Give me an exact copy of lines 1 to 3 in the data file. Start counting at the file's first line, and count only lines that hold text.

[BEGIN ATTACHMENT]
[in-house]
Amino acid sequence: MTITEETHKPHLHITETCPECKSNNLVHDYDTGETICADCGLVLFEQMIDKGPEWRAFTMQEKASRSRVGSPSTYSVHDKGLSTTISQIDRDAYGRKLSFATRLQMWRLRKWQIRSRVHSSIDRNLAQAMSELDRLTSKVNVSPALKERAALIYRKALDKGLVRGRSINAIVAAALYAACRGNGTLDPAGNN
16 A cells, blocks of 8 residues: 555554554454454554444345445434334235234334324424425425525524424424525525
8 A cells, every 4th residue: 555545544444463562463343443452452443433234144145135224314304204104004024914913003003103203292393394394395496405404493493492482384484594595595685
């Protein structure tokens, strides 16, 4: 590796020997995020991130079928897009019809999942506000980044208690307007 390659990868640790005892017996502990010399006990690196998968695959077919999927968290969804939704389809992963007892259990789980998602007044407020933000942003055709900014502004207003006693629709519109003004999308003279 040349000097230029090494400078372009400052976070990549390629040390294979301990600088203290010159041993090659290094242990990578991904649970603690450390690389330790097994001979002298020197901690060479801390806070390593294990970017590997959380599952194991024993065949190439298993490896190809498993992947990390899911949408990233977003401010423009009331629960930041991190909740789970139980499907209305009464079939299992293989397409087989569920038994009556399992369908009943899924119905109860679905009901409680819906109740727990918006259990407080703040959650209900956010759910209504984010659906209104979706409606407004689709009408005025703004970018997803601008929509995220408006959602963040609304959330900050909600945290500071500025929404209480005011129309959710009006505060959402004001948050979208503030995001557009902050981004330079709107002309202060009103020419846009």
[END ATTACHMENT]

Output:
[in-house]
Amino acid sequence: MTITEETHKPHLHITETCPECKSNNLVHDYDTGETICADCGLVLFEQMIDKGPEWRAFTMQEKASRSRVGSPSTYSVHDKGLSTTISQIDRDAYGRKLSFATRLQMWRLRKWQIRSRVHSSIDRNLAQAMSELDRLTSKVNVSPALKERAALIYRKALDKGLVRGRSINAIVAAALYAACRGNGTLDPAGNN
16 A cells, blocks of 8 residues: 555554554454454554444345445434334235234334324424425425525524424424525525